Just outside the city of Liege on the banks of the River Weser a strange art deco style building sits on top of a ridge overlooking a busy railway. Parked at one end of the building is an old red fire engine. This is the Preventorium Dolhain, a tuberculosis sanatorium for children.
In the early part of the twentieth century TB had become a world wide pandemic. The hospital had 150 beds and such was the grip of the disease that they were full most of the time. But after the Second World War increasing use of recently discovered antibiotics soon made TB a thing of the past and the hospital began to slip into decline. With maintenance costs in excess of five million francs a year it made sound financial sense to close the hospital and it has stood empty ever since until it was bought by an investor in 1991 who had plans to turn it into apartments. There are a couple of old photos below, left and right, of the hospital when it was open. If you wish to see larger versions of either picture then please click on it...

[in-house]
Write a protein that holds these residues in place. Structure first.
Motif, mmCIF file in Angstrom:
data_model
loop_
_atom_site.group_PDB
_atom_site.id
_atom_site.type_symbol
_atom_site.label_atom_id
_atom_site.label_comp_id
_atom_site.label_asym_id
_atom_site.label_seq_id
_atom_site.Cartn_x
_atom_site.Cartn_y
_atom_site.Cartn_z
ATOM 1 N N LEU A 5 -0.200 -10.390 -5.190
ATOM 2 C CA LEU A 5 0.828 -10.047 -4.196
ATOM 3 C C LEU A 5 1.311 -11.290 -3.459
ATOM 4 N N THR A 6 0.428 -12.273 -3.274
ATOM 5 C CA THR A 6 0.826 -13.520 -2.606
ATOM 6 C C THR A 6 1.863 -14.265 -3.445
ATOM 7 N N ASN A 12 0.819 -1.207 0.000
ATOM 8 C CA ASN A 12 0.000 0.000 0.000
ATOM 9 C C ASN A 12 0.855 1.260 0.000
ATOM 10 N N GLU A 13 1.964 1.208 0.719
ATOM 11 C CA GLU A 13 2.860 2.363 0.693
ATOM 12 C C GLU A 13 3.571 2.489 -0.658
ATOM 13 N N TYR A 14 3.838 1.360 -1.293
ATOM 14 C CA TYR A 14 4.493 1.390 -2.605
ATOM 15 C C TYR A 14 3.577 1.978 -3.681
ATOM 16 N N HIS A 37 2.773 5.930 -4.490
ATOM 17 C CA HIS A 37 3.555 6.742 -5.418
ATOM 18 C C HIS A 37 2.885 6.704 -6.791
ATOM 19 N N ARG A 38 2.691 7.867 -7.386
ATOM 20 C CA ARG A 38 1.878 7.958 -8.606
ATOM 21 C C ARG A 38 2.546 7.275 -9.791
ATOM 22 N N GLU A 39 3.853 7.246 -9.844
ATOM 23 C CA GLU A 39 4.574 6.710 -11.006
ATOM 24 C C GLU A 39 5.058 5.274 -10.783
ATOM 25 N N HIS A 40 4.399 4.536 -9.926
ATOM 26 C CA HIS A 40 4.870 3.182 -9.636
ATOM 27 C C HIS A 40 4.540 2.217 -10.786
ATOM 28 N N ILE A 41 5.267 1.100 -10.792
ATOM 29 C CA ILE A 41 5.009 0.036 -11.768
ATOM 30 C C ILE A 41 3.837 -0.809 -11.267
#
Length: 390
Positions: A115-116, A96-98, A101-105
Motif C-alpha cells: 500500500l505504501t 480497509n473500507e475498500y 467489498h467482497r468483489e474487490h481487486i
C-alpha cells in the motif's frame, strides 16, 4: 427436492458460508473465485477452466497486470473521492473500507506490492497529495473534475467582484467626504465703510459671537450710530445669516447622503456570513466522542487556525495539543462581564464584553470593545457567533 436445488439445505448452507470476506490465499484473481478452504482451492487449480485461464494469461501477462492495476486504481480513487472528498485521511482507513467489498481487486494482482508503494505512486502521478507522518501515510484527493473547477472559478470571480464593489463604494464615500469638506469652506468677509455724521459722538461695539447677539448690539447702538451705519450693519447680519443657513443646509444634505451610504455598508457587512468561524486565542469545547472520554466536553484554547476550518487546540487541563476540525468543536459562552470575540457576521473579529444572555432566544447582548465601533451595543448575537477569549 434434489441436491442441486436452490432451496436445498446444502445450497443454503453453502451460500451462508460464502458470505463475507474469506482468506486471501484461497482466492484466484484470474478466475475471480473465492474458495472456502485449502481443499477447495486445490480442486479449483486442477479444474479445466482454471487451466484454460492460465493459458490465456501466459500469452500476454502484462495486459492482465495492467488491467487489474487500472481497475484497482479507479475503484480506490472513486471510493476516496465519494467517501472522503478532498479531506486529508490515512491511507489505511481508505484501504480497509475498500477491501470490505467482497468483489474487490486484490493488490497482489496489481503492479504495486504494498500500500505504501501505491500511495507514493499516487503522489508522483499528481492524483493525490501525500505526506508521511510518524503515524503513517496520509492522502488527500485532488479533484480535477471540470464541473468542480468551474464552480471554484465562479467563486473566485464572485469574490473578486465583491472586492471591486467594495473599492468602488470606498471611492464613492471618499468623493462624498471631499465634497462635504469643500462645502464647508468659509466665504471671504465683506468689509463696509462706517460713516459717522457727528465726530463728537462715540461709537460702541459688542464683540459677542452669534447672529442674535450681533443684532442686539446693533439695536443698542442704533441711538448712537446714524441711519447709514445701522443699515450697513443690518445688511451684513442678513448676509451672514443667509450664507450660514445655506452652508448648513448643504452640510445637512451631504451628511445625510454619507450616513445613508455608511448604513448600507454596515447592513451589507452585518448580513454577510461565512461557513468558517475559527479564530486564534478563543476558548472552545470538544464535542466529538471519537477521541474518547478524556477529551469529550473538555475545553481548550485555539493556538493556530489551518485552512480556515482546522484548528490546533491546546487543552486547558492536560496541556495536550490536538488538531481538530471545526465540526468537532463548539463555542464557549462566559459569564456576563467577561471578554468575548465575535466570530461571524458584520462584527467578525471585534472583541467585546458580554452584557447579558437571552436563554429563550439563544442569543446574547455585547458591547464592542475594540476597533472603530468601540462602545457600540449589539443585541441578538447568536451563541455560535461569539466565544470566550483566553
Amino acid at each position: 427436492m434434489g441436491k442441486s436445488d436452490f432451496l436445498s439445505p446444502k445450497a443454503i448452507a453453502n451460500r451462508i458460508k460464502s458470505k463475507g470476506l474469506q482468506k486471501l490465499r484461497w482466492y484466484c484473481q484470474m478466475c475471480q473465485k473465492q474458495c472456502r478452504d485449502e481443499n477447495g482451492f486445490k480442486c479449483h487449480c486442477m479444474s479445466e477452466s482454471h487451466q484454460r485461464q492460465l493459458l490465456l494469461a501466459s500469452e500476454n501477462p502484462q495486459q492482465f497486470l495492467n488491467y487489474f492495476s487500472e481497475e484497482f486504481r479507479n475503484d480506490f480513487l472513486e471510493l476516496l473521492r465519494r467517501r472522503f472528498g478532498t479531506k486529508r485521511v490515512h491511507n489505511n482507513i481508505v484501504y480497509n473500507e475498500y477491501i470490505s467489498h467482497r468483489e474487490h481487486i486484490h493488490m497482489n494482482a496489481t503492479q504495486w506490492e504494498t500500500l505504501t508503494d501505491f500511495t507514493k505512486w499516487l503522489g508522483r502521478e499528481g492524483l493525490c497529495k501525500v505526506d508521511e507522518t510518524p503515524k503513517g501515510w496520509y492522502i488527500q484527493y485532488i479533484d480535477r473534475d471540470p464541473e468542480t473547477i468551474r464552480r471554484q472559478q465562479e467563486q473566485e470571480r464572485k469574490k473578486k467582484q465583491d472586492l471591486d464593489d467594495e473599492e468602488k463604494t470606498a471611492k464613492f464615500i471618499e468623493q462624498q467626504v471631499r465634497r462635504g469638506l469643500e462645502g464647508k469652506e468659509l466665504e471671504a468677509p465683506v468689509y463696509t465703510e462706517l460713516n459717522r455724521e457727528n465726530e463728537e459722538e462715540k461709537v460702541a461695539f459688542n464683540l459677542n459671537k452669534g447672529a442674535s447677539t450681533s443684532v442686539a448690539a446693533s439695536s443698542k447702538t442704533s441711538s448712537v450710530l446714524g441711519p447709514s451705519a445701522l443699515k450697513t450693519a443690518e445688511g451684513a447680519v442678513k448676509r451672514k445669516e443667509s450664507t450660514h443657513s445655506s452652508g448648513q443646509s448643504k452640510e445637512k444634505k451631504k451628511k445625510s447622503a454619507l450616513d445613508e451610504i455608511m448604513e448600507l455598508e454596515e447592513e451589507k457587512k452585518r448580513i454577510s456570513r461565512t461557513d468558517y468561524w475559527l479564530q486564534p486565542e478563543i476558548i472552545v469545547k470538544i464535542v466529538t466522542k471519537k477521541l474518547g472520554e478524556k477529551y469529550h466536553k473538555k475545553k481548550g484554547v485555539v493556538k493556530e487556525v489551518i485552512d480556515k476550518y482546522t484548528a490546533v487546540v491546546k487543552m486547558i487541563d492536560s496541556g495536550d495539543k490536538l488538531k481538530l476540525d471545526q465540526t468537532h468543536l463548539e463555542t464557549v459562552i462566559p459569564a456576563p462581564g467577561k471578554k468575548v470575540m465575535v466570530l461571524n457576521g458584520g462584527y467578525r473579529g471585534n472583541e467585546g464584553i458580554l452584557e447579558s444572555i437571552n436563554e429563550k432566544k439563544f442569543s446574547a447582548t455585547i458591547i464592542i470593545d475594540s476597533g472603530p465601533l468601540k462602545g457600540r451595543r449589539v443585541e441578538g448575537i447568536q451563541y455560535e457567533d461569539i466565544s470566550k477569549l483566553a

Much of the interesting interior has been stripped - there are huge holes cut out of some of the walls and in places corridors come to a grinding halt where block work has been used to close them off. Of course without the plans very little of this work makes any sense!
The building is full of lovely art deco features with ornamental wrought iron on the staircases and oodles of sweeping curves. Huge semi opaque windows with tinted glass admit light and colour but at the same time afford privacy to those inside. The entire hospital, even the basement, is light and airy and it must have been a very pleasant place to be when it was active.
Sadly there are very few artefacts left for the explorer to see now but only a few years ago it was a completely different story with children's clothing, shoes, and toys littering the ward areas, and medical equipment such as specimen jars and medicine vials littering the clinical areas.
What the future holds for the hospital is unclear but perhaps in view of the current dramatic resurgence of the old disease and it's vicious resistance to modern antibiotics maybe the authorities should be contemplating buying the building back and using it in it's old roll once more. Only time will tell.
So for now here is a selection of the photographs we took in April 2012.